1. An Indian dish consisting chiefly of rice, lentils, onions, and eggs.
2. A European dish consisting chiefly of fish, rice, and hard-boiled eggs
If this google definition is to be believed, this here is the European version of kedgeree.
You can just imagine the Colonial residents in the age of the Raj tucking into kedgeree for breakfast, their cook having modified the traditional recipe with the addition of fish and boiled eggs to suit their Western tastes. When the recipe was transported back to Victorian England, smoked haddock was added to give it a more distinctive flavour.
I often cook simple rice dishes - fried rice, chorizo rice ('paella'), kedgeree - as a quick dinner. They are fantastic because when you throw in leftover bits and pieces, the dish comes together very easily. This is a prime example.
1 onion, finely chopped
1 cup long grain rice
1 red capsicum, deseeded, cut into 1cm pieces
1 tbs mild curry paste or curry powder
1/2 tsp ground turmeric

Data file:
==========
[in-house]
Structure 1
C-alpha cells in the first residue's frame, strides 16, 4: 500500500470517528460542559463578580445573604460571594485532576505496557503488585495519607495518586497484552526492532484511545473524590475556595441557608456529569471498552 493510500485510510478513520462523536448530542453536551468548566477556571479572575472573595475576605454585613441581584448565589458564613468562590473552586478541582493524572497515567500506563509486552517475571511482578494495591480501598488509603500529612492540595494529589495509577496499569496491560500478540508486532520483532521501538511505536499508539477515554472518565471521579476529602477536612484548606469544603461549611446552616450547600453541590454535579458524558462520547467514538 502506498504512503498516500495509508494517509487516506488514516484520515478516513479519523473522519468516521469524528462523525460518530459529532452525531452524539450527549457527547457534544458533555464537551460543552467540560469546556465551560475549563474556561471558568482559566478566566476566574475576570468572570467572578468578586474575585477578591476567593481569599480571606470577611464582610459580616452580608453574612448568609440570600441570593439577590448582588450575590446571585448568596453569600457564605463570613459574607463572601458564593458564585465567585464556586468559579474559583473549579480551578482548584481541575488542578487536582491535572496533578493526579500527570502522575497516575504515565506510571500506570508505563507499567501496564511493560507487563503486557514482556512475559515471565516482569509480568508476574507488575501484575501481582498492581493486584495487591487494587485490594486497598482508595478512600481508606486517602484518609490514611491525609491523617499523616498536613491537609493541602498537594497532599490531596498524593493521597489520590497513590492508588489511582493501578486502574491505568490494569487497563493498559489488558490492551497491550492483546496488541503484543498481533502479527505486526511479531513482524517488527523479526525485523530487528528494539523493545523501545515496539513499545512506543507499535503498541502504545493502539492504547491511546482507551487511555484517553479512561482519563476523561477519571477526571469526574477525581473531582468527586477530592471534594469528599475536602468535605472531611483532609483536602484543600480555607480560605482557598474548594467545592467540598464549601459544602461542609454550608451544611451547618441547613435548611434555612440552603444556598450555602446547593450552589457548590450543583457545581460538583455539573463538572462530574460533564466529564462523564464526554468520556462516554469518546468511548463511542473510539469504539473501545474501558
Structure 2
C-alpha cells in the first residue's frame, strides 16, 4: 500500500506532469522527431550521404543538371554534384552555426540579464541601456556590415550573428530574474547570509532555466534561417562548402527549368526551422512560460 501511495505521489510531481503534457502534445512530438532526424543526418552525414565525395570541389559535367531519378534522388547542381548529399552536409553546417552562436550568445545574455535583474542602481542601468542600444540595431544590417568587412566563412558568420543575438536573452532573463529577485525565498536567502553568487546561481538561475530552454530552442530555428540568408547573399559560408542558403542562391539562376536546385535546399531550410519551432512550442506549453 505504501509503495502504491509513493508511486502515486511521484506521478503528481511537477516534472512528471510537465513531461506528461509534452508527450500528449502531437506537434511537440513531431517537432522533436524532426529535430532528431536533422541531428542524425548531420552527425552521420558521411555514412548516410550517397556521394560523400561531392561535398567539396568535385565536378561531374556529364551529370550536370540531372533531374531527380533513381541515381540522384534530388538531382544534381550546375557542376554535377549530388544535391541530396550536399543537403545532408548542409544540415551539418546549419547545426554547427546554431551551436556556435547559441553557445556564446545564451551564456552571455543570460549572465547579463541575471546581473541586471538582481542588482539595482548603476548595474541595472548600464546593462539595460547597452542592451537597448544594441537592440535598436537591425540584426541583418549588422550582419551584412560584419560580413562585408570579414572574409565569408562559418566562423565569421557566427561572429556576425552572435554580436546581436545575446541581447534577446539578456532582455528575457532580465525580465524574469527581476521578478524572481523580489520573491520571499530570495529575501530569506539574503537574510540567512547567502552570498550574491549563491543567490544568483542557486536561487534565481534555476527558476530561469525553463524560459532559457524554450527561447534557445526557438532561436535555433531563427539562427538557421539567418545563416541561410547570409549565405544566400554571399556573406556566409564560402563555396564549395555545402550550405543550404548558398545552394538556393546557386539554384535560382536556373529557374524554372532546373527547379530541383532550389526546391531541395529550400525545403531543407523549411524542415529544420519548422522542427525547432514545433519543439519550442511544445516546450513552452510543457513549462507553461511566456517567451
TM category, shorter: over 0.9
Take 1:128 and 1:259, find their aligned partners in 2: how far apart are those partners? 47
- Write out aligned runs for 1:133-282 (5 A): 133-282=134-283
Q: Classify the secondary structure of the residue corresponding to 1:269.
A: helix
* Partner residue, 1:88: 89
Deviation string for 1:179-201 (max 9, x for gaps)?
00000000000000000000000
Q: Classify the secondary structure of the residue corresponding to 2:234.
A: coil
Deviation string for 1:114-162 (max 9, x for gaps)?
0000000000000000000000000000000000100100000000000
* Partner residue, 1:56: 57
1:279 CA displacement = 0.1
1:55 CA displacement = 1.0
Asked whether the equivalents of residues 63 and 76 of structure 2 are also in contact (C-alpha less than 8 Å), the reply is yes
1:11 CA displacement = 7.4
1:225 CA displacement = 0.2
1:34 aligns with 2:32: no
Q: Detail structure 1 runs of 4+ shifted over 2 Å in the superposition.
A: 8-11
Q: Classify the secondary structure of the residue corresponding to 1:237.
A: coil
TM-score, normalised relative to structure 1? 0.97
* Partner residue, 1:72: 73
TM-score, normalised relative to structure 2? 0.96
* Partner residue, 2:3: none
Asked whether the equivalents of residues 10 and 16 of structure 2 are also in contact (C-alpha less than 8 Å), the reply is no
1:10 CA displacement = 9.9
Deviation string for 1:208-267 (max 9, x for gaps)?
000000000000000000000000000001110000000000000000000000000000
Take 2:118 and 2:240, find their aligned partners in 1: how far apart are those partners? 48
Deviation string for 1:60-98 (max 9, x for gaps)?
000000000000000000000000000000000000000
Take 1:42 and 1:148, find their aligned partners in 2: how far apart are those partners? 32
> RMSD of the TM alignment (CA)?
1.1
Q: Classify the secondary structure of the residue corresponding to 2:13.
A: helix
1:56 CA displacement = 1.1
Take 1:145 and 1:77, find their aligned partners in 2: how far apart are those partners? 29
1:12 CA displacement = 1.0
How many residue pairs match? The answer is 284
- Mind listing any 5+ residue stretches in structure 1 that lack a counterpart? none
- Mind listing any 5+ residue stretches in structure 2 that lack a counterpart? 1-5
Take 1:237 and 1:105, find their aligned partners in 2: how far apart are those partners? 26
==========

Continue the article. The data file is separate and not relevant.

Salt and freshly ground pepper
500ml vegetable stock
100g smoked trout or smoked salmon, flaked into pieces
1. Cook the eggs in a saucepan of boiling water for 5 minutes. Drain, cool slightly, then peel and quarter.
2. Melt the butter in a saucepan over a medium heat. Add the onion and cook, stirring, for 5 minutes or until soft. Stir in the rice, capsicum, curry powder or paste and turmeric. Pour in the stock and a pinch of salt. Bring to the boil, cover and cook over a low heat for 15 minutes.
3. Remove the fish skin and discard. Flake the fish and stir through the rice. Season with salt and pepper. Cover and set aside for a further 5 minutes. Serve with the eggs.
recipe adapted from taste.com.au
Ingredients. Fish is not shown, but for this, I used smoked salmon
Wonderfully colourful kedgeree, with quartered soft-boiled eggs.